The opening reception for “Land of Lapis lazuli and Gold: Afghanistan in the Collections at Duke University Library” is scheduled to take place in front of the International & Area Studies exhibit case, on the second floor of Bostock Library, on Duke’s West Campus, on Thursday, 3 February 2022, at 2-4pm.
This public exhibit is an attempt to offer a different perspective on Afghanistan’s history through the holdings from Duke University Libraries. While the sobriquet the “graveyard of empires” has recently gained primacy in discussions about Afghanistan, the reality is vastly different. Over its long history, this mountainous south-central Asian country has actually been the cradle of a number of great empires, such as the Ghaznavid (Afghanistan), Timurid (Iran), and Mughal (India).
The country literally sits atop one of the world’s largest reserves of various metals and minerals, including gold and lapis lazuli. Many of Afghanistan’s most important cities were once significant spaces for commerce as well as intellectual exchange, particularly along the fabled Silk Roads.
Culturally, Afghanistan has been the home for some notable persons such as Rumi, the 13th-century Persian Sufi mystic, who is still one of the most widely read poets in the world. Moreover, while Afghanistan has become a predominantly Muslim country, there has always been a plurality of religious thought, from Buddhism to Christianity to Judaism as well as Zoroastrianism.
“Land of Lapis lazuli and Gold: Afghanistan in the Collections at Duke University Library” is curated by the interim librarians for South and Southeast Asia from the library’s International & Area Studies Department and dedicated to the South Asian studies specialists who have helped to build Duke’s collection on Afghanistan.
This public exhibit will run from December 1, 2021 – December 31, 2022.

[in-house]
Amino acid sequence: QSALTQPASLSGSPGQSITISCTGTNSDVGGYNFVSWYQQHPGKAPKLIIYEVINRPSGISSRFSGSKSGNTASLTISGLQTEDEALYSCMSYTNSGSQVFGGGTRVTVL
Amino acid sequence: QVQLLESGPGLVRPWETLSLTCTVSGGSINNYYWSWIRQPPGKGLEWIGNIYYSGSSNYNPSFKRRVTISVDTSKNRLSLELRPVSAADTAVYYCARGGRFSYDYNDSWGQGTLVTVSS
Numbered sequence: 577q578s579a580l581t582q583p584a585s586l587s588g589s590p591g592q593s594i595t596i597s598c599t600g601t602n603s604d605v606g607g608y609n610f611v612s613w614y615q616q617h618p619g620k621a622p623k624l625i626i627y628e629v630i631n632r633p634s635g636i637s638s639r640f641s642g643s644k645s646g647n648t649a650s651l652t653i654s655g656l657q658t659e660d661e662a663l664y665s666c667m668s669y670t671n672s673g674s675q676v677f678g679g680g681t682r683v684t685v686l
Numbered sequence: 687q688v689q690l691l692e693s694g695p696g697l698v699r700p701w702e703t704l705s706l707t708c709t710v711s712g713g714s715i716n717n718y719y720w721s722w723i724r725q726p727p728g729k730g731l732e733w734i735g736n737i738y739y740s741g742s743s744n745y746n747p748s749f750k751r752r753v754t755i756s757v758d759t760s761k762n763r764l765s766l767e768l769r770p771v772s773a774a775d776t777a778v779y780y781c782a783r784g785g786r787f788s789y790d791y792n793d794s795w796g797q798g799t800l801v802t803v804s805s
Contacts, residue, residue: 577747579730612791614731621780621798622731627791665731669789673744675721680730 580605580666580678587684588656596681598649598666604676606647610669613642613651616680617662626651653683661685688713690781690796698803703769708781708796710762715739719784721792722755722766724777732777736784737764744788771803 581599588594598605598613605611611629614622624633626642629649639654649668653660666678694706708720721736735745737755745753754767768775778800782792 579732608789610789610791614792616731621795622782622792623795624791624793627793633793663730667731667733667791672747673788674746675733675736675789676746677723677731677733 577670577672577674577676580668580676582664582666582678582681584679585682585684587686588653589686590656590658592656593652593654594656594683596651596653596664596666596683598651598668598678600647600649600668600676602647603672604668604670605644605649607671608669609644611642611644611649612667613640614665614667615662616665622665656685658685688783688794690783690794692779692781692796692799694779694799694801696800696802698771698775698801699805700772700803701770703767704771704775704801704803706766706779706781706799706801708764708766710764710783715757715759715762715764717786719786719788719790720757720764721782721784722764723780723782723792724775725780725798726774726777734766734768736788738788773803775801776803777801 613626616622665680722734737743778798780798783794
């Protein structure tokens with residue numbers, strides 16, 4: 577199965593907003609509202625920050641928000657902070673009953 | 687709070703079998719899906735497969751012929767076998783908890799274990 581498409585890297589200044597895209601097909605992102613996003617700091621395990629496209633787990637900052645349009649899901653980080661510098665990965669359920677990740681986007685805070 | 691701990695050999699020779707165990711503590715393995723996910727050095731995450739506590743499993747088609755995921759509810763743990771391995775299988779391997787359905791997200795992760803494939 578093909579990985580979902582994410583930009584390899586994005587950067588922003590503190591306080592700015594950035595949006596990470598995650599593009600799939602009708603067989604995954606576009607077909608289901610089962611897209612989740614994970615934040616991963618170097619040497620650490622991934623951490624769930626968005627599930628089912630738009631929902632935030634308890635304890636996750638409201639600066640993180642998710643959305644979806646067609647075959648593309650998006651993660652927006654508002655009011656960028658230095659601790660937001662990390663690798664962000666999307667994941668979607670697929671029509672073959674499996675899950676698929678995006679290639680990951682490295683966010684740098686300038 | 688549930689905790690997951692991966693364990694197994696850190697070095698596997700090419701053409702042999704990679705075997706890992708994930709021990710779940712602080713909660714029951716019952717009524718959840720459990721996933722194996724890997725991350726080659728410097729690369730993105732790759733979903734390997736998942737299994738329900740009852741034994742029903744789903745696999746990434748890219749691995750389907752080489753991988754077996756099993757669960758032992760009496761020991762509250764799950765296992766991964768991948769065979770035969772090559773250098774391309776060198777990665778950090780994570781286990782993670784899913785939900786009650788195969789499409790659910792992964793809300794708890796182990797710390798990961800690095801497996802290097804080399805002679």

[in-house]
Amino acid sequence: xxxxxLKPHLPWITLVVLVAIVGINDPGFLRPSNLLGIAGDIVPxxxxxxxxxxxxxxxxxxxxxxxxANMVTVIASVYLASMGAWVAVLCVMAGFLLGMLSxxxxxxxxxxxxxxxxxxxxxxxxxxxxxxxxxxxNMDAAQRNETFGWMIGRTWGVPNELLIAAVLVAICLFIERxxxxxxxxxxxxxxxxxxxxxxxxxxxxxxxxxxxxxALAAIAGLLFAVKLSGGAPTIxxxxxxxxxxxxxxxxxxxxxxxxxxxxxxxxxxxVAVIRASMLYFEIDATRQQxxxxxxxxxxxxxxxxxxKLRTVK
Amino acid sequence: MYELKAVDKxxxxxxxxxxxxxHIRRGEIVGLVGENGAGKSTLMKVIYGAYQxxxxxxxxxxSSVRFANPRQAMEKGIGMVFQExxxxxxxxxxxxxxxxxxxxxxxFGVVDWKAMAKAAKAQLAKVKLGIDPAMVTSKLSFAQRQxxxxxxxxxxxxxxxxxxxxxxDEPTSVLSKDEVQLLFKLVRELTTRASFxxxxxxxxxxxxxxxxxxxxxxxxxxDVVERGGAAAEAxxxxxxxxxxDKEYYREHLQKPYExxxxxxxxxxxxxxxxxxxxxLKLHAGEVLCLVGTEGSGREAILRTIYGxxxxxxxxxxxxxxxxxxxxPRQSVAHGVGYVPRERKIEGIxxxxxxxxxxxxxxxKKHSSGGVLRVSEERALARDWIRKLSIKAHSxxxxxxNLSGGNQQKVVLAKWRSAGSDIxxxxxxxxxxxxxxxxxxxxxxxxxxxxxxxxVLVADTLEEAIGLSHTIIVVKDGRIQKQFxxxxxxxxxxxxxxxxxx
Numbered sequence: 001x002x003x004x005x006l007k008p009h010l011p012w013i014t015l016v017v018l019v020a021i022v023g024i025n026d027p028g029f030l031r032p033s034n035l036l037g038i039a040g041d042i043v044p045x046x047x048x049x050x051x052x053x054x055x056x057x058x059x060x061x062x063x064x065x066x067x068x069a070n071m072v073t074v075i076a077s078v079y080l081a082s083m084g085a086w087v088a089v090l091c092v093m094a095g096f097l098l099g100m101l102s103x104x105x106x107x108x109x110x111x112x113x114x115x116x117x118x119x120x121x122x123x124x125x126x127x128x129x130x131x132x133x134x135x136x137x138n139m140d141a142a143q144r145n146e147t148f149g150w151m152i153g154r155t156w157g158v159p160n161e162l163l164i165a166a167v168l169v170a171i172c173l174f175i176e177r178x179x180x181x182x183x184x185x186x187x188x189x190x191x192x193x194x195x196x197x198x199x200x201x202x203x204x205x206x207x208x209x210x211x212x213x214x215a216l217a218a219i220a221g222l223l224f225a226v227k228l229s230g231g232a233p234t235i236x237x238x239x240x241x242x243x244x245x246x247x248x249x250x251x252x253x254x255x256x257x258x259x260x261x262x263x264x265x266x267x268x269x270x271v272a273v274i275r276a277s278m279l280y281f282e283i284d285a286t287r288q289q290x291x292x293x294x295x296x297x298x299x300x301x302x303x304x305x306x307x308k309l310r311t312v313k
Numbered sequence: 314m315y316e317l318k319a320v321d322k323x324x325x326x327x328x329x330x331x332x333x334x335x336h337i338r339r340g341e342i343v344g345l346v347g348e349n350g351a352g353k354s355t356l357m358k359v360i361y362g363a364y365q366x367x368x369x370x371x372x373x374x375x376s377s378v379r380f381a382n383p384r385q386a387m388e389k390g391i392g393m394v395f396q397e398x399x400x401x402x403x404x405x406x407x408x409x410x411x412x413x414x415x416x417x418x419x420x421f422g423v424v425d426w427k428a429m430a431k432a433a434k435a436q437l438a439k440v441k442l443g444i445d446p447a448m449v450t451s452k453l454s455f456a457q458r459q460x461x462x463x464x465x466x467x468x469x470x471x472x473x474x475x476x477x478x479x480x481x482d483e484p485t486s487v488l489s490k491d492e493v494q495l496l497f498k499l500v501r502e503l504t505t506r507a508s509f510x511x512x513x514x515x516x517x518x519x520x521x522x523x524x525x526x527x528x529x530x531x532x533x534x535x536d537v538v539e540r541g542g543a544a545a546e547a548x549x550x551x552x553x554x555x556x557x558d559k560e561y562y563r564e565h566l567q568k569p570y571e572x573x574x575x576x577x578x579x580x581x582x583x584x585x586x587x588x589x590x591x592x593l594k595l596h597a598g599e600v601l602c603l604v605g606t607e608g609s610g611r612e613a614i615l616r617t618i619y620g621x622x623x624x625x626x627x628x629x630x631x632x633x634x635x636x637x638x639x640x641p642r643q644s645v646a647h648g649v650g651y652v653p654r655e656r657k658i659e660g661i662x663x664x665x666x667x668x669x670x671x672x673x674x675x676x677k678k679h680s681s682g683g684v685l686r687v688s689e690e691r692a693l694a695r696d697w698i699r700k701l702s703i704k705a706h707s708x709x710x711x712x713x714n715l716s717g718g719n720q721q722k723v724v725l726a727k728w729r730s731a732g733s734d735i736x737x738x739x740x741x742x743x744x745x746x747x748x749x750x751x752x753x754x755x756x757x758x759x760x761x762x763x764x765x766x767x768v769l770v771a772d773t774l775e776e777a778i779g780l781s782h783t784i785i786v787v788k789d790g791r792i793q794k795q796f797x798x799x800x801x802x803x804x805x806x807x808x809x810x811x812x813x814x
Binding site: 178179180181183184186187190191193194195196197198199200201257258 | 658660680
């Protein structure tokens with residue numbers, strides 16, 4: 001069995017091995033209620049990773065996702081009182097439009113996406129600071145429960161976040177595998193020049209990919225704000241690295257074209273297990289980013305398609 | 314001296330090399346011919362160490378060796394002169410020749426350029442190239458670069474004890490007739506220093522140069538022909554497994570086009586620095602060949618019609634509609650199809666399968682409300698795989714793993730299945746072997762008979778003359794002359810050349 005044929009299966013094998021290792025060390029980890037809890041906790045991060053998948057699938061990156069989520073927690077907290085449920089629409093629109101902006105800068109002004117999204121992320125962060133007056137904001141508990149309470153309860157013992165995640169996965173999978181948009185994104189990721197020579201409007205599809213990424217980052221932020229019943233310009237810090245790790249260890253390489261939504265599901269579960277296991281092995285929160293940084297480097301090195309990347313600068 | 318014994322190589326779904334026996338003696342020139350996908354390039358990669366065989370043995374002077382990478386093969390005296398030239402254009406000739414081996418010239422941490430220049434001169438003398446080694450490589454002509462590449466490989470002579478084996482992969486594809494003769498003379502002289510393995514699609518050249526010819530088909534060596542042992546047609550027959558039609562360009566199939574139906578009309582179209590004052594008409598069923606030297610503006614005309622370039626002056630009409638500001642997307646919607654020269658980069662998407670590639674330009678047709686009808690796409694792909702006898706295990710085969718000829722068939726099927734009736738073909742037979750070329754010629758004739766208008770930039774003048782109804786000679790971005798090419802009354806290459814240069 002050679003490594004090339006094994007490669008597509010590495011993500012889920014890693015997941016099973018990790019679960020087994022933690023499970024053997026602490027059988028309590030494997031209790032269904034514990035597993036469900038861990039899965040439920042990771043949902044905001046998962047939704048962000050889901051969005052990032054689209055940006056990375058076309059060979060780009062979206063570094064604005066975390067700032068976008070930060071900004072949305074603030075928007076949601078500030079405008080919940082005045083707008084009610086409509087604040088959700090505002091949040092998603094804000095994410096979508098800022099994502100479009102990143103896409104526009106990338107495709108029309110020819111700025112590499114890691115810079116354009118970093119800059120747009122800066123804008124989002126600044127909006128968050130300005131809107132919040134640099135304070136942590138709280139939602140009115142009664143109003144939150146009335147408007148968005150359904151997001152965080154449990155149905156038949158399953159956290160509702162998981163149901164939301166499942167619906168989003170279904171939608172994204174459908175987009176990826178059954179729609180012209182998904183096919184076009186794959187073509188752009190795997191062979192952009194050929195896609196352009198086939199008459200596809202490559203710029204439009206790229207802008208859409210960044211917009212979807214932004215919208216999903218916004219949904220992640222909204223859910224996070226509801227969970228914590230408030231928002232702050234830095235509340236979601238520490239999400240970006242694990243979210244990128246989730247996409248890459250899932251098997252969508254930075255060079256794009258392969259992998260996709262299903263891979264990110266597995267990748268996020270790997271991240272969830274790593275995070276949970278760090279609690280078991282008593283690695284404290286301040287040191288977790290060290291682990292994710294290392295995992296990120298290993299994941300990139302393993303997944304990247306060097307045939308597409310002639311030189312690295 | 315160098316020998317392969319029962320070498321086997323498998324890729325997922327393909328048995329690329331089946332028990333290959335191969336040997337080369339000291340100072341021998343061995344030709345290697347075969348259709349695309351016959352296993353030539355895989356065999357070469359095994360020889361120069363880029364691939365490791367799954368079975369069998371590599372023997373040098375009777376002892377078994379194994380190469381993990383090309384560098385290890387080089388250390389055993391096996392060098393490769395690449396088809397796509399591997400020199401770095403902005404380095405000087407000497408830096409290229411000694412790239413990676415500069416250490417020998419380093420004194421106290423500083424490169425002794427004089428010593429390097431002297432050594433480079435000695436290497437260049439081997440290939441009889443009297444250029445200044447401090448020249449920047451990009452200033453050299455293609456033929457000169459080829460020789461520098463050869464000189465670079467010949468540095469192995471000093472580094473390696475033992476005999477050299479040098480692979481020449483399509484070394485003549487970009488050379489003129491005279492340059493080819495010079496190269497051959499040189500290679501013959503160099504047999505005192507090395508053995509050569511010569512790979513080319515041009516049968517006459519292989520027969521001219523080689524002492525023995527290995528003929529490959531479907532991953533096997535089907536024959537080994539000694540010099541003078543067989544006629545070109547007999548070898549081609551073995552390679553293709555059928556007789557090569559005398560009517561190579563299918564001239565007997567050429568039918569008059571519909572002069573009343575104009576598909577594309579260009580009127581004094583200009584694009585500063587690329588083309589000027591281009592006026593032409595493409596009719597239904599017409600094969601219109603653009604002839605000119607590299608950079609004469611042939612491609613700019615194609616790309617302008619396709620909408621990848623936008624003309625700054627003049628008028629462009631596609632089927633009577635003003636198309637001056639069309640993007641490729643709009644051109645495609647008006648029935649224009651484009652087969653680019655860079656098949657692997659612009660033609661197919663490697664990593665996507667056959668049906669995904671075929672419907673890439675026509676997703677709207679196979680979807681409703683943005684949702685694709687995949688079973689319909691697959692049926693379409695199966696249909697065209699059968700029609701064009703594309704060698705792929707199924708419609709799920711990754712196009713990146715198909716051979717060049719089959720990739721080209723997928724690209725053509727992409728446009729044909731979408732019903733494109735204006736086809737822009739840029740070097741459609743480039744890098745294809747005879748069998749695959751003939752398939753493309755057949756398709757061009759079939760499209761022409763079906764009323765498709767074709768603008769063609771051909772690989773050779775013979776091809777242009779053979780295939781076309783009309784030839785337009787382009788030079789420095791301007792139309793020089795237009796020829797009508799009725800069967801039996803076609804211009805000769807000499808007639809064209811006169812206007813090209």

6 thoughts on “Exhibit Opening: “Land of Lapis lazuli and Gold: Afghanistan in the Collections at Duke University Library””
I am wondering if there will be a video of the materials so that others can enjoy the exhibit?
Thanks for your expression of interest, Marjorie! The curators of this exhibit plan to write up a couple of illustrated blog posts focusing on individual items as a way of sharing what’s on display. And maybe entice those who can come inside the library to pay the exhibit a visit.
Wish I lived closer by and could go to this event.
Amy Morrison Perry
BA, Trinity, 1965, MA, Romance Languages, 1967
Thank you so much, Amy! Please see the response above about ways of learning more about the exhibit. It’s worth noting that our buildings are closed to the public until Mar. 14, so even if you did live nearby, you wouldn’t be able to attend unless you had a Duke ID.
It’s so good to see this exhibit. That Duke Library has a deep collection of items on Afghanistan–thanks largely to the work of Duke librarian Avinash Maheshwary and, earlier, Duke Prof. Louis Dupree and his wife Nancy–shows the importance of this land and culture, which many might not have been aware was well represented here; it also shows the importance of having Area Studies librarians.
Thank you, Stephen! Your sentiment was shared by the reporter who attended the exhibit opening and who wrote a nice piece in “The Chronicle” called “More than one narrative: Duke Libraries’ ‘Land of Lapis lazuli and Gold’ exhibit works to expand awareness of Afghan culture.” The article in the undergraduate student paper also mentioned the pioneering work of Avinash Maheshwary, who worked as Duke’s South Asian studies librarian for over 40 years, and who compiled the bibliographic catalog of the Dupree collection. Although Avinash can never be replaced, we hope that one day Duke will hire another South Asian studies librarian!
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